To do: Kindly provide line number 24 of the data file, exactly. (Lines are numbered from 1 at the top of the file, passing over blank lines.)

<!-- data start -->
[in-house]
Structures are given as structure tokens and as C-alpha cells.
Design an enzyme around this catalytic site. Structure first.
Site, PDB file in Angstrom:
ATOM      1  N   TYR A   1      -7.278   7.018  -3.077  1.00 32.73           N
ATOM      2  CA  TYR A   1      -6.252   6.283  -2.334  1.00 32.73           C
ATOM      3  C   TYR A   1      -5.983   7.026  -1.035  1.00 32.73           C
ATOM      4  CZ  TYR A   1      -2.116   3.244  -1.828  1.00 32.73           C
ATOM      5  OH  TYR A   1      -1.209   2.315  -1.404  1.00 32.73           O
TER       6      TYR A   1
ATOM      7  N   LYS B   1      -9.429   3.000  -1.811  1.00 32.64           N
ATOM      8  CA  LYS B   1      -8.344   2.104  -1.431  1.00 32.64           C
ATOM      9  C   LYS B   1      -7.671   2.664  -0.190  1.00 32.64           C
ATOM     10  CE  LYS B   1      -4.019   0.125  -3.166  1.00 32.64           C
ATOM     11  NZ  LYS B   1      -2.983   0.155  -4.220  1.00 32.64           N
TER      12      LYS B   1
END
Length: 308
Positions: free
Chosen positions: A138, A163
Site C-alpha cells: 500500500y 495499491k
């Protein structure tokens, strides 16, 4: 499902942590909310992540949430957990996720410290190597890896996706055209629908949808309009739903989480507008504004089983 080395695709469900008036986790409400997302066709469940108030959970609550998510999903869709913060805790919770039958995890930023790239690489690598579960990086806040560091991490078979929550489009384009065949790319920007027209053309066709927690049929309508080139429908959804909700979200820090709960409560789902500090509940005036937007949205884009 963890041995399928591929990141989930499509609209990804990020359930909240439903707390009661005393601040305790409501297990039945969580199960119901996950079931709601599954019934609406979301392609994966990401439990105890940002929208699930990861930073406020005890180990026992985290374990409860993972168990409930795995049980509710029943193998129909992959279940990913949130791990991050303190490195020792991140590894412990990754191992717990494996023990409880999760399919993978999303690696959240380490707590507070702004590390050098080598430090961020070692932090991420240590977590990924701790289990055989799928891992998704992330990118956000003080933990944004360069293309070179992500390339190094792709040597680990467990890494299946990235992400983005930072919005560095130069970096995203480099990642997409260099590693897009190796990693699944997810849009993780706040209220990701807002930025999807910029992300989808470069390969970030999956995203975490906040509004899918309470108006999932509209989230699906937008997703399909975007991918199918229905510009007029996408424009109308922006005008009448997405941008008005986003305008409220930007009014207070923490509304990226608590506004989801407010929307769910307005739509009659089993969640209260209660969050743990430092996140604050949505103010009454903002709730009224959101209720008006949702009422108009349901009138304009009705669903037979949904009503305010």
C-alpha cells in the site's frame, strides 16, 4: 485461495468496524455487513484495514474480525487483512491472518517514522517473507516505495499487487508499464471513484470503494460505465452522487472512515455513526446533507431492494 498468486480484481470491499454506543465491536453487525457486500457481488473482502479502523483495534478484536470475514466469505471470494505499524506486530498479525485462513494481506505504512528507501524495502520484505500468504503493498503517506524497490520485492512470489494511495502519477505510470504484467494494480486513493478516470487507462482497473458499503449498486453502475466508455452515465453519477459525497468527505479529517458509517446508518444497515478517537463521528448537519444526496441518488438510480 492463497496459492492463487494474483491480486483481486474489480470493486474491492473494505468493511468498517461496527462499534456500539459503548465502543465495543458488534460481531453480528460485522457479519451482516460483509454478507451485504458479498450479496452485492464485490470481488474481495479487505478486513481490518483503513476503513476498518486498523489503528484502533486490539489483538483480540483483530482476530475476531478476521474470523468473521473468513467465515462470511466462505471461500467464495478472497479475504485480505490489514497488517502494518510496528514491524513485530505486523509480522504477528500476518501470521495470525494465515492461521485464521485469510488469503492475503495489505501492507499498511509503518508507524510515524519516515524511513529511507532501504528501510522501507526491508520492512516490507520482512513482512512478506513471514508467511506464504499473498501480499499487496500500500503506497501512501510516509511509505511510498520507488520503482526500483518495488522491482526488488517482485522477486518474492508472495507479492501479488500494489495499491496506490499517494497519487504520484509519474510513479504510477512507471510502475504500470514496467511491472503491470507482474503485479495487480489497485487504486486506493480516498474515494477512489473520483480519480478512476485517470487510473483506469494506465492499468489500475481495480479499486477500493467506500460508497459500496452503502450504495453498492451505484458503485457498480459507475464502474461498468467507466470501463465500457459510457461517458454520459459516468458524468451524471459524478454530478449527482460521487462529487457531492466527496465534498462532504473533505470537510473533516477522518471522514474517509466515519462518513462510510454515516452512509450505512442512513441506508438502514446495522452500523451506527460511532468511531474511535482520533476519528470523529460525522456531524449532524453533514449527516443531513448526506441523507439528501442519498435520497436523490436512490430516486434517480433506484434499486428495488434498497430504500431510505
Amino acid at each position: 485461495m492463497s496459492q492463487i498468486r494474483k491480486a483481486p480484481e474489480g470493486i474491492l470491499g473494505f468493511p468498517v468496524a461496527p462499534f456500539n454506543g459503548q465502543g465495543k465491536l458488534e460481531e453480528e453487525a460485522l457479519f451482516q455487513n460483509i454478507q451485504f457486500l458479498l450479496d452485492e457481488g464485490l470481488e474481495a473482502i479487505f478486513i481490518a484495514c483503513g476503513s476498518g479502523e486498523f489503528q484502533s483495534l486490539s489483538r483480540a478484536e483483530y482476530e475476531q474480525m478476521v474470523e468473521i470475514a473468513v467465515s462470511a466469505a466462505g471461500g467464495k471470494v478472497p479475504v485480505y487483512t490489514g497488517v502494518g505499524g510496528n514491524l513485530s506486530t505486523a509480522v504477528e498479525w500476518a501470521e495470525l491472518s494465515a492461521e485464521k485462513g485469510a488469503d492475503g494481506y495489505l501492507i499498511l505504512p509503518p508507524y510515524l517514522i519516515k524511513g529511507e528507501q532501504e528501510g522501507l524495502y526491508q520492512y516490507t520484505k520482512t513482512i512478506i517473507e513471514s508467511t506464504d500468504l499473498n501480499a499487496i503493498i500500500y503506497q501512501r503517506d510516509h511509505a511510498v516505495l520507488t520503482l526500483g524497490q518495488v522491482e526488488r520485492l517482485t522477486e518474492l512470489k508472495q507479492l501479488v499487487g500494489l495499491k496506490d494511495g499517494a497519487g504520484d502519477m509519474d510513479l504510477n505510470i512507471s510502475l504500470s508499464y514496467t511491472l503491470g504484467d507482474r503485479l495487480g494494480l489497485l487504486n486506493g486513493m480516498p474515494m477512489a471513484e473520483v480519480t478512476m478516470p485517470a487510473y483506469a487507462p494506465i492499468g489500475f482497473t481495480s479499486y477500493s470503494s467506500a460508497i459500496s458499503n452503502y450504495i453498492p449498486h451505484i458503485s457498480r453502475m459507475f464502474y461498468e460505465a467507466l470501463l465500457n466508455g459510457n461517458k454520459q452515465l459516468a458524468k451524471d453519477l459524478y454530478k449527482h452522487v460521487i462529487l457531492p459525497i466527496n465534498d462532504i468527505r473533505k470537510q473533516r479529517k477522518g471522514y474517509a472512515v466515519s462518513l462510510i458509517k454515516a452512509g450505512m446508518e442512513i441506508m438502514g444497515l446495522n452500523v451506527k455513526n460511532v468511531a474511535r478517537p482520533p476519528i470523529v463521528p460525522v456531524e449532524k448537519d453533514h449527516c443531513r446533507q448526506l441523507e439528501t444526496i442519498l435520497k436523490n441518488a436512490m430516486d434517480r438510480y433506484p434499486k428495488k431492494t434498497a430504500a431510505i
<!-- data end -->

Amino acid at each position: 485461495m492463497s496459492q492463487i498468486r494474483k491480486a483481486p480484481e474489480g470493486i474491492l470491499g473494505f468493511p468498517v468496524a461496527p462499534f456500539n454506543g459503548q465502543g465495543k465491536l458488534e460481531e453480528e453487525a460485522l457479519f451482516q455487513n460483509i454478507q451485504f457486500l458479498l450479496d452485492e457481488g464485490l470481488e474481495a473482502i479487505f478486513i481490518a484495514c483503513g476503513s476498518g479502523e486498523f489503528q484502533s483495534l486490539s489483538r483480540a478484536e483483530y482476530e475476531q474480525m478476521v474470523e468473521i470475514a473468513v467465515s462470511a466469505a466462505g471461500g467464495k471470494v478472497p479475504v485480505y487483512t490489514g497488517v502494518g505499524g510496528n514491524l513485530s506486530t505486523a509480522v504477528e498479525w500476518a501470521e495470525l491472518s494465515a492461521e485464521k485462513g485469510a488469503d492475503g494481506y495489505l501492507i499498511l505504512p509503518p508507524y510515524l517514522i519516515k524511513g529511507e528507501q532501504e528501510g522501507l524495502y526491508q520492512y516490507t520484505k520482512t513482512i512478506i517473507e513471514s508467511t506464504d500468504l499473498n501480499a499487496i503493498i500500500y503506497q501512501r503517506d510516509h511509505a511510498v516505495l520507488t520503482l526500483g524497490q518495488v522491482e526488488r520485492l517482485t522477486e518474492l512470489k508472495q507479492l501479488v499487487g500494489l495499491k496506490d494511495g499517494a497519487g504520484d502519477m509519474d510513479l504510477n505510470i512507471s510502475l504500470s508499464y514496467t511491472l503491470g504484467d507482474r503485479l495487480g494494480l489497485l487504486n486506493g486513493m480516498p474515494m477512489a471513484e473520483v480519480t478512476m478516470p485517470a487510473y483506469a487507462p494506465i492499468g489500475f482497473t481495480s479499486y477500493s470503494s467506500a460508497i459500496s458499503n452503502y450504495i453498492p449498486h451505484i458503485s457498480r453502475m459507475f464502474y461498468e460505465a467507466l470501463l465500457n466508455g459510457n461517458k454520459q452515465l459516468a458524468k451524471d453519477l459524478y454530478k449527482h452522487v460521487i462529487l457531492p459525497i466527496n465534498d462532504i468527505r473533505k470537510q473533516r479529517k477522518g471522514y474517509a472512515v466515519s462518513l462510510i458509517k454515516a452512509g450505512m446508518e442512513i441506508m438502514g444497515l446495522n452500523v451506527k455513526n460511532v468511531a474511535r478517537p482520533p476519528i470523529v463521528p460525522v456531524e449532524k448537519d453533514h449527516c443531513r446533507q448526506l441523507e439528501t444526496i442519498l435520497k436523490n441518488a436512490m430516486d434517480r438510480y433506484p434499486k428495488k431492494t434498497a430504500a431510505i